“Where?” she asks, following my gaze. “It’s him,” she squeals. “Do you think he noticed me? I think he looked over here. Yeah, he did. Should I go say hi? Or let him come to me?”
“Let him come to you. You need to play hard to get.” This is coming from someone who is anything but an expert when it comes to dating strategy, or dating for that matter.
“Yo, you’re up!” someone calls out behind us.
Jared makes eye contact with Amanda and walks over. “Lucy, take my turn,” Amanda says as she smooths out her perfect blond strands. The next thing I know Jared puts his arm around Amanda and whisks her away, leaving me standing in front of the fortune teller. I take in her lined face, the gray curls protruding from her colorful head scarf, and the large hoops dangling from her ears. She just looks the part. She’s not a real fortune teller. She even has a name tag that says, “Marci.” What kind of name is that for someone who’s supposed to know the future? And she spells it with an “I,” like it was an attempt to make her name trendier. Doesn’t instill much confidence. Still, I’d love to make a fast getaway, but I don’t want to cause a scene. I’m the kind of girl who likes to blend in.
Marci looks at me with narrowed, brown eyes. “I need something of value.”
She has an accent. Of course she has an accent. It’s probably fake. “I don’t have anything,” I say as I unzip my purse.
“No, no. Not money. Something meaningful to you,” she says as she eyes my necklace.
“Oh,” I say as my fingers fumble with the silver chain around my neck. How did she know? I wear two, actually. One is a butterfly pendant and the other a best friends charm. Fortunately the pendant is tucked beneath my dress, hiding it from view. So she must be talking about the charm necklace.
“Let me see it.”
I hesitate. I never take off the necklace―either of them. Seconds pass and I feel beads of perspiration breaking out on my upper lip. Embarrassed, I put my finger to my lips as though deep in thought, and attempt to nonchalantly swipe the sweat away. “Come on!” a boy groans behind me.
“She’ll be the last one,” Marci says as she passes out a stack of business cards to those remaining in line.
The boy behind me groans again.
With shaking fingers, I sweep aside my jet black hair and undo the silver chain around my neck. Silently I hand it to her. She studies the “St Ends” broken heart locket and places it in her palm. She covers it with her other hand and closes her eyes. I close my eyes as well and try to drown out the scene before me. Instead, I focus on the locket, and Melanie.
Melanie Baxter is my best friend. I met her at overnight camp when I was just ten years old. Looking back I have no clue why my mom sent me because I never asked or expressed any interest. I think it was her attempt at getting me out of my shell. To this day I don’t know why Melanie befriended me. We are complete opposites in every way. She’s outgoing, boisterous, and loves being in the spotlight. Some might call me a wall flower. I prefer to think of myself as an observer. Let’s just say I didn’t expect us to be friends.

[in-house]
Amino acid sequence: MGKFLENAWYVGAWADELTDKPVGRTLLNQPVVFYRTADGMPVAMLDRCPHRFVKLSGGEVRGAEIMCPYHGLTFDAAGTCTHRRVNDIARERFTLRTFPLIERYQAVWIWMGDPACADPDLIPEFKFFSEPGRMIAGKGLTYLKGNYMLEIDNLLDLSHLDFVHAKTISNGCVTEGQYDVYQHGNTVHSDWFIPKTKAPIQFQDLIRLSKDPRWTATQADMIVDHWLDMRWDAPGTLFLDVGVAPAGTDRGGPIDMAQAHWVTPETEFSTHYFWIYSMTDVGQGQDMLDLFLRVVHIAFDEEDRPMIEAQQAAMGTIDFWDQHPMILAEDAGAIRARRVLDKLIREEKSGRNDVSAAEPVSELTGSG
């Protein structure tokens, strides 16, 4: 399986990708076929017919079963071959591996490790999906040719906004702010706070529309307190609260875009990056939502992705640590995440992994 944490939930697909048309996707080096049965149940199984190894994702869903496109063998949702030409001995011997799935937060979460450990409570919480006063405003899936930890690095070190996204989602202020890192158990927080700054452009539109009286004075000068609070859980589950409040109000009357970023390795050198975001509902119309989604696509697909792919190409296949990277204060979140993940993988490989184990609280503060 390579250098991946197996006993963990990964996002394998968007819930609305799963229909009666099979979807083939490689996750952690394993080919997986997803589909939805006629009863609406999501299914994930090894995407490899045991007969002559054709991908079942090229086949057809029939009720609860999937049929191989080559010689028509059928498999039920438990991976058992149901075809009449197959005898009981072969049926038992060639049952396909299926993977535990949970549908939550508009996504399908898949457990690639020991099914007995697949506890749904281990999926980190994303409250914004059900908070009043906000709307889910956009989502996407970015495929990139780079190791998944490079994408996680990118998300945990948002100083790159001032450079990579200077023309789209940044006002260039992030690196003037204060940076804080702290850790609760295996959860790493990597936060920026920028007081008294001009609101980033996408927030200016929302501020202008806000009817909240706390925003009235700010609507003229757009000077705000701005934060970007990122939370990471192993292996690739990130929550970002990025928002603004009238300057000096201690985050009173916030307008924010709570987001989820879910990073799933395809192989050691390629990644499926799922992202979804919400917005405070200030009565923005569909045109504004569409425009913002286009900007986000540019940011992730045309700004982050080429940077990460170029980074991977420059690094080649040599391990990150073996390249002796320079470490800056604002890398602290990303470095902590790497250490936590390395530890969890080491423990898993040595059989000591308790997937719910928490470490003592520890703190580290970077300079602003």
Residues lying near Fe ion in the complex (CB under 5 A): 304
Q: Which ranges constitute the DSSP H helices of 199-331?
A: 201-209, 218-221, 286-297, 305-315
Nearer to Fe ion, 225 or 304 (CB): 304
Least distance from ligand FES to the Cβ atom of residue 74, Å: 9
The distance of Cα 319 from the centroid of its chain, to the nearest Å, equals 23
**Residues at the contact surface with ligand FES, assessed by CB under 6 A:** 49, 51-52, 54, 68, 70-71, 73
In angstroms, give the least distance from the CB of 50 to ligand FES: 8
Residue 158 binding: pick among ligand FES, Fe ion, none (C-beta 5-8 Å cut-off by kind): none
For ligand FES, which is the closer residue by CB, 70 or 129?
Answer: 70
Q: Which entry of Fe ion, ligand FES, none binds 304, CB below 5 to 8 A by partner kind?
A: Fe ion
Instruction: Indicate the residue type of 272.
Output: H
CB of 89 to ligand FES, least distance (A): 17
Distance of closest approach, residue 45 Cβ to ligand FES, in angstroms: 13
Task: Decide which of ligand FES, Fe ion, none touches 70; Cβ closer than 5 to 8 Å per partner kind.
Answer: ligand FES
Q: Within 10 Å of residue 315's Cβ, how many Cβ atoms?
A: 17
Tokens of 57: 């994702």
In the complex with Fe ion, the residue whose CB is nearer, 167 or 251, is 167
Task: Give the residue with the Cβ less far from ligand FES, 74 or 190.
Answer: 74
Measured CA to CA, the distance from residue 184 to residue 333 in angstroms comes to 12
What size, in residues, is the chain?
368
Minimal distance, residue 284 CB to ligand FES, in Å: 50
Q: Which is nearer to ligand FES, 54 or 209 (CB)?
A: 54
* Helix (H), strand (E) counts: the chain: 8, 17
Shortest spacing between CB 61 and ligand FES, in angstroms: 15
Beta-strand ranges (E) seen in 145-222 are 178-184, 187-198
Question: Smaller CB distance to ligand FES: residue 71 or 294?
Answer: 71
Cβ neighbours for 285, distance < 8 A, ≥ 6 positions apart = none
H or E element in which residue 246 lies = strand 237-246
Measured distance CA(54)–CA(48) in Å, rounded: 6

We were assigned to the same cabin, but she already knew some of the other girls. I kept to myself at first, until there was an act of what I like to think of as divine intervention on the fourth night. As an evening activity, our counselor, Joanna, asked us to write something nice about each of our cabin mates. She had a cup labeled with each camper’s name, and after we wrote our message we had to drop it in each one. I wondered what people would write about me, the shy girl who didn’t give much away. It wasn’t intentional. I wanted them to see the real me, but I didn’t know how to go about it. I told myself it was just a silly activity, but their opinions mattered to me. I watched as most of the girls scribbled a quick message and then went on to gossip with one another. I took my time. I wanted to think of the perfect thing to say. We then went off to our evening program and I wondered what would become of the messages. I worried they would be forgotten, but before bed Joanna read each one aloud. Many of the notes were superficial and said things like, “so and so is really nice” or “she’s great at braiding” or “I love her clothes.” Except mine. For Victoria I wrote, “Her bursts of laughter are like catching glowing fireflies on a hot, summer night.” And on Paige’s I wrote, “Her smile is inviting, and when it’s directed at you it feels like you’re being wrapped up in a warm blanket.” And on Tina’s I said, “I wish I had an ounce of her bravery.” Then Joanna read the one I wrote for Melanie. “Melanie is like the sun. She shines her radiance on those around her. Always growing, you feel happy in her presence.”
“Glowing,” I corrected Joanna before I could stop myself. “It’s glowing, not growing.” Melanie’s eyes met mine as I said it. She smiled at me and I smiled back. I noticed her listening intently to the rest of the messages, her eyes darting my way each time one of mine was read. “Are you a poet?” she asked me when we went to brush our teeth.
“Me? No. I don’t write poetry, but I love reading it.”
“Oh. I liked what you had to say about everyone.”